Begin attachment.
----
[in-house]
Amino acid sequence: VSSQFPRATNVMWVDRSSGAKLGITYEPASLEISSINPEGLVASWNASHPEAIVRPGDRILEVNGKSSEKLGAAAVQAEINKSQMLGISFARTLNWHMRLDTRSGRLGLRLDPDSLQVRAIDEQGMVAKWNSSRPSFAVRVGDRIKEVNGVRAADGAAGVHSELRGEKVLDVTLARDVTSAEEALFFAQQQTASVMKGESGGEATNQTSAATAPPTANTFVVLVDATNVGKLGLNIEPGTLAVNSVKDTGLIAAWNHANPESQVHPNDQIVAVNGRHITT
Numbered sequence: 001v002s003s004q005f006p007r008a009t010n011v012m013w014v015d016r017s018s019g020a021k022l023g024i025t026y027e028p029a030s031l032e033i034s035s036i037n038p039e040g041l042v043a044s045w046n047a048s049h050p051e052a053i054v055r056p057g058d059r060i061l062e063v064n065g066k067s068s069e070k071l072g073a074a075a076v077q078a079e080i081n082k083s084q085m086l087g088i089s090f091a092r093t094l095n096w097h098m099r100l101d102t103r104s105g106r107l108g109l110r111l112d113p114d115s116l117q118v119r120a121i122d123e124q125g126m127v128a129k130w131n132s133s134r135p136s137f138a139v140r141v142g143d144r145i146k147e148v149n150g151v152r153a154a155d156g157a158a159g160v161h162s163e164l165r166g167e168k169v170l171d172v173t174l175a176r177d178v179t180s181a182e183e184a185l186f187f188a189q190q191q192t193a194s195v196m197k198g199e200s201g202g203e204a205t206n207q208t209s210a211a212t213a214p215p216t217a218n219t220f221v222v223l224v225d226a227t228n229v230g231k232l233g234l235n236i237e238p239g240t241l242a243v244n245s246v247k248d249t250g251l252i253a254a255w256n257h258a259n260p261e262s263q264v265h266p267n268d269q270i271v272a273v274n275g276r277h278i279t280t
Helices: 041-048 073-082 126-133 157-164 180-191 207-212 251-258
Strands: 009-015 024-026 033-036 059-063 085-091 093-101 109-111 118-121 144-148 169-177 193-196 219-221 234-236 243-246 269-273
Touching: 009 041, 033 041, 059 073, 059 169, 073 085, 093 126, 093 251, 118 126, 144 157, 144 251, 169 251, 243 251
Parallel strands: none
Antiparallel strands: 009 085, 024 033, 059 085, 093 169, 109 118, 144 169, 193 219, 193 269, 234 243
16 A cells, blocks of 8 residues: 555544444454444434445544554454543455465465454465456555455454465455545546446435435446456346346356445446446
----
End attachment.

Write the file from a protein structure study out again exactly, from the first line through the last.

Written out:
[in-house]
Amino acid sequence: VSSQFPRATNVMWVDRSSGAKLGITYEPASLEISSINPEGLVASWNASHPEAIVRPGDRILEVNGKSSEKLGAAAVQAEINKSQMLGISFARTLNWHMRLDTRSGRLGLRLDPDSLQVRAIDEQGMVAKWNSSRPSFAVRVGDRIKEVNGVRAADGAAGVHSELRGEKVLDVTLARDVTSAEEALFFAQQQTASVMKGESGGEATNQTSAATAPPTANTFVVLVDATNVGKLGLNIEPGTLAVNSVKDTGLIAAWNHANPESQVHPNDQIVAVNGRHITT
Numbered sequence: 001v002s003s004q005f006p007r008a009t010n011v012m013w014v015d016r017s018s019g020a021k022l023g024i025t026y027e028p029a030s031l032e033i034s035s036i037n038p039e040g041l042v043a044s045w046n047a048s049h050p051e052a053i054v055r056p057g058d059r060i061l062e063v064n065g066k067s068s069e070k071l072g073a074a075a076v077q078a079e080i081n082k083s084q085m086l087g088i089s090f091a092r093t094l095n096w097h098m099r100l101d102t103r104s105g106r107l108g109l110r111l112d113p114d115s116l117q118v119r120a121i122d123e124q125g126m127v128a129k130w131n132s133s134r135p136s137f138a139v140r141v142g143d144r145i146k147e148v149n150g151v152r153a154a155d156g157a158a159g160v161h162s163e164l165r166g167e168k169v170l171d172v173t174l175a176r177d178v179t180s181a182e183e184a185l186f187f188a189q190q191q192t193a194s195v196m197k198g199e200s201g202g203e204a205t206n207q208t209s210a211a212t213a214p215p216t217a218n219t220f221v222v223l224v225d226a227t228n229v230g231k232l233g234l235n236i237e238p239g240t241l242a243v244n245s246v247k248d249t250g251l252i253a254a255w256n257h258a259n260p261e262s263q264v265h266p267n268d269q270i271v272a273v274n275g276r277h278i279t280t
Helices: 041-048 073-082 126-133 157-164 180-191 207-212 251-258
Strands: 009-015 024-026 033-036 059-063 085-091 093-101 109-111 118-121 144-148 169-177 193-196 219-221 234-236 243-246 269-273
Touching: 009 041, 033 041, 059 073, 059 169, 073 085, 093 126, 093 251, 118 126, 144 157, 144 251, 169 251, 243 251
Parallel strands: none
Antiparallel strands: 009 085, 024 033, 059 085, 093 169, 109 118, 144 169, 193 219, 193 269, 234 243
16 A cells, blocks of 8 residues: 555544444454444434445544554454543455465465454465456555455454465455545546446435435446456346346356445446446